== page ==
* Videos online show large crowd at reformist's funeral
* Chanting for release of Green movement leaders
* A week before tightly controlled presidential election
DUBAI (Reuters) - A funeral for a dissident Iranian cleric turned into a rare anti-government protest, videos posted online showed, with thousands of mourners chanting for the release of detained opposition leaders.
Little more than a week before a presidential election at which reformists have been barred or sidelined, the protest appeared to be of a scale unseen in Iran for at least two years when open dissent was crushed by the authorities.
Iranians will vote on June 14 for a successor to President Mahmoud Ahmadinejad, whose re-election four years ago provoked huge protests by reformists who said the result was rigged.
The state has always denied vote rigging and says the unrest was fomented by Iran's foreign enemies.
Reuters could not independently verify the authenticity of the videos, which show a broad boulevard packed with people following a coffin held aloft by mourners.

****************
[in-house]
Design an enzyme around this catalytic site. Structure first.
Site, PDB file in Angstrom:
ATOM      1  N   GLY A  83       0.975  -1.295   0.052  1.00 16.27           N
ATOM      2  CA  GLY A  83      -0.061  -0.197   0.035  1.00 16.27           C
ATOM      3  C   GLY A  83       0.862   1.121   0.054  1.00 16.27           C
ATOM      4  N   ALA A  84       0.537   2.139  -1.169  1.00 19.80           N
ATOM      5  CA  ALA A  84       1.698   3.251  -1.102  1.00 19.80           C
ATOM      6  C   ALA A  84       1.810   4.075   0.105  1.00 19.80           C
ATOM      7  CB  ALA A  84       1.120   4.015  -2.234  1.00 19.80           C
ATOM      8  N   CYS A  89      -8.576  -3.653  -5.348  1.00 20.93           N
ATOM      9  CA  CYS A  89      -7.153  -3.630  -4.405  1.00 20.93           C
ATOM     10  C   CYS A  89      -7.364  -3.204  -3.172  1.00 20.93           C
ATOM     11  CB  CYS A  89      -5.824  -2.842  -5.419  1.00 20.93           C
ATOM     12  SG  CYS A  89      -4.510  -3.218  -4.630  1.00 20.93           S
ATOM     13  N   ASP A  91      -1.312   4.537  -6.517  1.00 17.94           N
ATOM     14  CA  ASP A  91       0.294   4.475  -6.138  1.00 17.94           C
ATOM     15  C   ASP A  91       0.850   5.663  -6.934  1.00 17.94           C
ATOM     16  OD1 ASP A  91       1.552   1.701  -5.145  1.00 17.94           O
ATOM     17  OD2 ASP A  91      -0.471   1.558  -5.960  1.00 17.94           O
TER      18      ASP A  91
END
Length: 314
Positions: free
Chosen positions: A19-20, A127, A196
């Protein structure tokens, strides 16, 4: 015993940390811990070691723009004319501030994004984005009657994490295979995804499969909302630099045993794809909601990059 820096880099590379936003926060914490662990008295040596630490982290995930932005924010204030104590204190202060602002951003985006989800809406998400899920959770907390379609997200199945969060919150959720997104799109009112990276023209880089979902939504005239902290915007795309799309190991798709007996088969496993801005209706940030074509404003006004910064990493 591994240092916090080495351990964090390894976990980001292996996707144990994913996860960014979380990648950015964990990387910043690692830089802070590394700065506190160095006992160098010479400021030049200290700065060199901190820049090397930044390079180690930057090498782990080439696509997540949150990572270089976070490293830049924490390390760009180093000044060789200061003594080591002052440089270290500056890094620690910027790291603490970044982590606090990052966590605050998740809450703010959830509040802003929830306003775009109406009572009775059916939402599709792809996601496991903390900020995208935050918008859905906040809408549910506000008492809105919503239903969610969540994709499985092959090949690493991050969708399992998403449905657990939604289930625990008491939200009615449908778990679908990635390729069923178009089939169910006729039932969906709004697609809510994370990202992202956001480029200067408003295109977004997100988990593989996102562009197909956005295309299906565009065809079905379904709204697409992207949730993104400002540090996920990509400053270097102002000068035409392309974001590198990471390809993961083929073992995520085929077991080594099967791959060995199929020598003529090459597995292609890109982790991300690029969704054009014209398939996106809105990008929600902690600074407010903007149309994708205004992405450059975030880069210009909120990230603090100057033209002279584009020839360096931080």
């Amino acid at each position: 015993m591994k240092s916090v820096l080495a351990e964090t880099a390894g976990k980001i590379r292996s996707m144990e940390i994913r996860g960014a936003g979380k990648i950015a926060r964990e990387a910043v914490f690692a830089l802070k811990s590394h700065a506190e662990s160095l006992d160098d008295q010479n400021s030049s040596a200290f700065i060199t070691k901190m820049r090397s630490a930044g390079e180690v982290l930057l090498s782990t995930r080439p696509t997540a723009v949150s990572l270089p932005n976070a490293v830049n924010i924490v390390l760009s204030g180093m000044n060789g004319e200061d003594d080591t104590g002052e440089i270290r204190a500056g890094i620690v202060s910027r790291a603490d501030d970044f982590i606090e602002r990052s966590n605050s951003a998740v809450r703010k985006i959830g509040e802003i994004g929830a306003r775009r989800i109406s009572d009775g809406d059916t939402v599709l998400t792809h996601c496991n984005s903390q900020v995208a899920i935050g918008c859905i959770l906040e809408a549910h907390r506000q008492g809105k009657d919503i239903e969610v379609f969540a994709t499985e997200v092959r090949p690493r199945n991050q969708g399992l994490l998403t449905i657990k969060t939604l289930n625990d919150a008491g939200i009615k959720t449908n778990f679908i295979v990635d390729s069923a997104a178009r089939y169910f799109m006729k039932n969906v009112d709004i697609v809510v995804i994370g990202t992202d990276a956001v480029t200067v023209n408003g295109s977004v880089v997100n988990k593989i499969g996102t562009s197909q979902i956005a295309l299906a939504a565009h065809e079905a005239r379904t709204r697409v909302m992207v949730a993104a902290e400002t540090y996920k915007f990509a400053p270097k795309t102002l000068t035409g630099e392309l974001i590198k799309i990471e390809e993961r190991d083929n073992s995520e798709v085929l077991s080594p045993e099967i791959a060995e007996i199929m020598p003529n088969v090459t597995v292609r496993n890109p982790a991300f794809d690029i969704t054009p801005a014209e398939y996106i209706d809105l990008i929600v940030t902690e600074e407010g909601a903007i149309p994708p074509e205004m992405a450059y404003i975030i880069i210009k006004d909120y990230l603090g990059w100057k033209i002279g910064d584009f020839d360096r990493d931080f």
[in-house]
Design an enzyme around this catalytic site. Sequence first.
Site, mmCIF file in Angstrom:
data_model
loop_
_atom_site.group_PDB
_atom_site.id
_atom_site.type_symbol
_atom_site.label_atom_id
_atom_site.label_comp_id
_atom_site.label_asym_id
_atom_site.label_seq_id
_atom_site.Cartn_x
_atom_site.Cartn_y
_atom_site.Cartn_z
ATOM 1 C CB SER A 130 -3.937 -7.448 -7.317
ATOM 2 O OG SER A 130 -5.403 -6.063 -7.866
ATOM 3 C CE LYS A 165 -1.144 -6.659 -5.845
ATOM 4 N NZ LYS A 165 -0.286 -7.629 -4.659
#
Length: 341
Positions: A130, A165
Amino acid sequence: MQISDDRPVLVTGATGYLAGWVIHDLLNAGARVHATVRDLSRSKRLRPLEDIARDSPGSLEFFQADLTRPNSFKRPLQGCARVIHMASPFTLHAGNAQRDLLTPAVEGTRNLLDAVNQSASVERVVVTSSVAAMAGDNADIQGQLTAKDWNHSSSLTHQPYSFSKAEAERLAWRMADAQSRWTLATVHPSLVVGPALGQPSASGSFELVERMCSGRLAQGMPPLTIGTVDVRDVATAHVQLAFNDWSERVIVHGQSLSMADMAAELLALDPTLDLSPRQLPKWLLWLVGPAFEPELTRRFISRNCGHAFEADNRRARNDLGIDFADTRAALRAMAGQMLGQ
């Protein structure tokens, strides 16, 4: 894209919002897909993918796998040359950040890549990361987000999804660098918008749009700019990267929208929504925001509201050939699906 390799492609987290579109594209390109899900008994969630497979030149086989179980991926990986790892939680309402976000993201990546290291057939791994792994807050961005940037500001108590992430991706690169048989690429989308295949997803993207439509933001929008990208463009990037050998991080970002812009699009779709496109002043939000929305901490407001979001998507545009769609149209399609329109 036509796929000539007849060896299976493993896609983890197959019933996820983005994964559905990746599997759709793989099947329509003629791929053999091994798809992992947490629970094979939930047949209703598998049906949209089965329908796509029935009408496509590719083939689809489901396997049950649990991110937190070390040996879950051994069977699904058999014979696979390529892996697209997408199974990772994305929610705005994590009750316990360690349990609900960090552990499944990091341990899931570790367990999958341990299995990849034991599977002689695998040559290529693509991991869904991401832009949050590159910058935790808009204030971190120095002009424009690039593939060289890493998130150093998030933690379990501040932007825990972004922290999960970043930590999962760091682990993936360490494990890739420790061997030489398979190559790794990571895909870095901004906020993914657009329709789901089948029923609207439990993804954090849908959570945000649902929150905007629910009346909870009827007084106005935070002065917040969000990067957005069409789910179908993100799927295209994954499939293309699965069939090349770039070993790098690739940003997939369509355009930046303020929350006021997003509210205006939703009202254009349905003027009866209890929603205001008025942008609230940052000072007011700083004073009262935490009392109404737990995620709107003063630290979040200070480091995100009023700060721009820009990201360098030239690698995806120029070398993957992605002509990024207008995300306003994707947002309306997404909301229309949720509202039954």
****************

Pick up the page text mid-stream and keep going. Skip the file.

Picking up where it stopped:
"The funeral service for Ayatollah (Jalaleddin) Taheri in the city of Isfahan was accompanied by slogans in support of detained leaders of the Green (reformist) movement," the opposition website Kaleme said.
Kaleme said Taheri, a senior cleric, was a well known reformist and had criticized Ahmadinejad's re-election as illegitimate.
It is not the first time a funeral has developed into a political protest. In December 2009, vast crowds attended the burial of Grand Ayatollah Hossein Ali Montazeri, considered a spiritual leader by the Green movement protesting Ahmadinejad's re-election.
The movement's two leaders, Mirhossein Mousavi and Mehdi Karoubi, were put under house arrest in February 2011 after they called for demonstrations in support of the Arab spring protests - seen by authorities as a attempt to rekindle protests that by then had been stamped out.
Several political hopefuls were barred by a state body and Iranians will have to choose between eight carefully vetted candidates in a field dominated by hardliners close to Supreme Leader Ayatollah Ali Khamenei.
(Editing by Robin Pomeroy)
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